To quantify dietary niche overlap between predator groups for each period, the percent overlap of the 95% probability ellipse area was used. While some studies have calculated niche overlap using the standard ellipse area, which represents ~40% of data points (i.e., isotopic ratios from 40% of individuals sampled), we used the 95% probability ellipse area (i.e., isotopic ratios from 95% of individuals sampled) to encompass the individual variation within predator groups. Overlap was then quantified using pairwise predator group comparisons with the following formula:

%Overlap=Area of OverlapEllipse Area 1 +Ellipse Area 2Area of Overlap×100

We also examined community-level dietary niche overlap by calculating mean distance to centroid as a proxy of the average isotopic (trophic) diversity of the community (Layman et al., 2007a), calculated from the communityMetricsML function in SIBER (Layman et al., 2007a). This function first calculates a community-wide centroid using the mean δ15N and δ13C for all individuals in the community and then calculates the average of the Euclidean distance from the centroid of each predator group to the community centroid. Mean trophic diversity values were compared among periods to examine quantitative and relative changes in trophic diversity over time. As there were no samples from gull chicks during the late period, this community analysis focused on early and mid periods when samples were available from all three predator groups.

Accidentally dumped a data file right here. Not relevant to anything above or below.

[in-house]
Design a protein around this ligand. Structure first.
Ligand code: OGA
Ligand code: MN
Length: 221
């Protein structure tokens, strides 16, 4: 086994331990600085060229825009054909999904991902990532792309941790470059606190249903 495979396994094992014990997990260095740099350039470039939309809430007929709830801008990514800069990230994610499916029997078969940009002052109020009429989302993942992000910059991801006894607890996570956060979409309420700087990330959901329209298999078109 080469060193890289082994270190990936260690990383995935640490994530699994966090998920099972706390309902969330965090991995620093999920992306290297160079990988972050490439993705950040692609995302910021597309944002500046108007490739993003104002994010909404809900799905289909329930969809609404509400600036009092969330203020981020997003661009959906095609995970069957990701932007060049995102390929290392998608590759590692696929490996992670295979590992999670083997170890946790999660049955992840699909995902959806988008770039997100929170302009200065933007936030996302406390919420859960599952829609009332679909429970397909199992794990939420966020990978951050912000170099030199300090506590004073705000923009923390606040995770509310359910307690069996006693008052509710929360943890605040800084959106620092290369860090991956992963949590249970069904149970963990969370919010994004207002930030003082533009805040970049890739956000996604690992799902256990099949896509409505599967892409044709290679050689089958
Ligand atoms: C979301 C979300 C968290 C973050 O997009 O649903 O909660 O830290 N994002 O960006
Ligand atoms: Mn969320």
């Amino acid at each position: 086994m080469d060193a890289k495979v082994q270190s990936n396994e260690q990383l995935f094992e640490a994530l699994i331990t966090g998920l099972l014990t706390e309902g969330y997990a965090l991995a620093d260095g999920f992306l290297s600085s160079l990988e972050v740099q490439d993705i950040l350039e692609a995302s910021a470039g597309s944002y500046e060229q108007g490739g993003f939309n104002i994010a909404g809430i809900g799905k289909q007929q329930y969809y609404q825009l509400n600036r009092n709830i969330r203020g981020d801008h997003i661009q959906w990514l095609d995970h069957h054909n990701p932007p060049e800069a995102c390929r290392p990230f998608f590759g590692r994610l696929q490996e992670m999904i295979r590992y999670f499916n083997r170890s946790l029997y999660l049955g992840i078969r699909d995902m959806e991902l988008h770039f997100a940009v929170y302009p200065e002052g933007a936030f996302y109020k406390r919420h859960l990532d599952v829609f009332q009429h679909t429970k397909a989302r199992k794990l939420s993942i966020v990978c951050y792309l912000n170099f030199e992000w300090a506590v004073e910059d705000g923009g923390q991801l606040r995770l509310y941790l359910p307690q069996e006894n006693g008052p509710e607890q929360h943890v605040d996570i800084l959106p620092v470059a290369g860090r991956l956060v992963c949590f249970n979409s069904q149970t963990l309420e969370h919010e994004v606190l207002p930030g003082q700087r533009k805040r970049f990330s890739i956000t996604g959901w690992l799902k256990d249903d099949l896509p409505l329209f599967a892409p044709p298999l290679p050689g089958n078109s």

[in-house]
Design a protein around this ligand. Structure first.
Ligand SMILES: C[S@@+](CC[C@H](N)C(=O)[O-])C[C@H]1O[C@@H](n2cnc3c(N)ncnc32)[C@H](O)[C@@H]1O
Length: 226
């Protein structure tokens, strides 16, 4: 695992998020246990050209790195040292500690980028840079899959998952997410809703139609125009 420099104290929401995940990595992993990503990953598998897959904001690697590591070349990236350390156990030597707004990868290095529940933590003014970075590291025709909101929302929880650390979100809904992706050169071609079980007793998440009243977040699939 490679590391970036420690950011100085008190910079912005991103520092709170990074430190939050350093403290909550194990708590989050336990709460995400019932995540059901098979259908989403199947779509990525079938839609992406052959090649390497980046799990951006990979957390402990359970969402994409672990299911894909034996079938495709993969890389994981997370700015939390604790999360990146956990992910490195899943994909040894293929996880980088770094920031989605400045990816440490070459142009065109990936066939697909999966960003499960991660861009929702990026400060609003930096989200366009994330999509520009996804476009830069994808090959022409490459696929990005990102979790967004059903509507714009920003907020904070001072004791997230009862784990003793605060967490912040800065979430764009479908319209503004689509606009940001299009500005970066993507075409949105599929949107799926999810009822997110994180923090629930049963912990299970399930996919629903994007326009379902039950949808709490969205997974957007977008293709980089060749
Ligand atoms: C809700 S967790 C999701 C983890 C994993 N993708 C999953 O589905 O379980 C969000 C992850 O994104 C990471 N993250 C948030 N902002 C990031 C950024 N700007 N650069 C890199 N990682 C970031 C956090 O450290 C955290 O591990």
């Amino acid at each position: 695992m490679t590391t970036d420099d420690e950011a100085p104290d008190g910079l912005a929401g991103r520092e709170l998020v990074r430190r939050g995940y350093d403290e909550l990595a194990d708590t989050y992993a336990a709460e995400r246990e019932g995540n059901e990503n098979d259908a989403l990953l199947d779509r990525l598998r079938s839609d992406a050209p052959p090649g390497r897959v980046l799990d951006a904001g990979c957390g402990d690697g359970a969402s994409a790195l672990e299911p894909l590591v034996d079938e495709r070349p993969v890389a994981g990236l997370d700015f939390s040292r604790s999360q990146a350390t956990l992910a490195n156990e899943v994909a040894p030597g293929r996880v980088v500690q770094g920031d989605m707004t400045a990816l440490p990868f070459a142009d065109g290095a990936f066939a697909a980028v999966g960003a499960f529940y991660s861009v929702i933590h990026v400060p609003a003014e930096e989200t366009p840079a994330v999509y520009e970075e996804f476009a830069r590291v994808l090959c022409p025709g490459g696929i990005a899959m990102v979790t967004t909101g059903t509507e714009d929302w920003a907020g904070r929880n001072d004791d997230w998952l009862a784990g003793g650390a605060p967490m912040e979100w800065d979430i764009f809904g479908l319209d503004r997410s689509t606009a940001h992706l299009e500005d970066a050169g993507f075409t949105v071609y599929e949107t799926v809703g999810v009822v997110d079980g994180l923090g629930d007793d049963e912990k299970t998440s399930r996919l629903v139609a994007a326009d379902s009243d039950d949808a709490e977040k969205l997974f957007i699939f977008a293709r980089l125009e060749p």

To examine the sensitivity of values of community-level trophic diversity and pairwise niche overlap to different trophic discrimination factors, we quantified both metrics for all possible combinations of published discrimination factors that were relevant to our predator groups. Seven published discrimination factors were available for seabirds and three for cetaceans (Supplementary Table 1). An average of all trophic discrimination factors available was also calculated for cetaceans and seabirds separately and used in the analysis, similar to other studies that have used an average of multiple species when species-specific discrimination factors were not available (Steenweg et al., 2011; Lavoie et al., 2012). Including average values, there were three trophic discrimination values applied to gull chicks, five values applied to shearwaters, and five values applied to whales based on species taxonomy and ecology. As such, pairwise comparisons of dietary niche overlap using different discrimination factors between gulls and whales yielded 15 niche overlap values (5 × 3 values), shearwaters and whales yielded 25 niche overlap values (5 × 5 values), and shearwaters and gulls yielded 15 niche overlap values (5 × 3 values), for a total of 55 pairwise comparisons for each capelin availability period (i.e., early, mid), except the late period when gull chicks were not sampled. Additionally, comparisons of trophic diversity using these same discrimination factors resulted in 75 values (5 × 5 × 3 values) for the early and mid capelin availability periods.

Results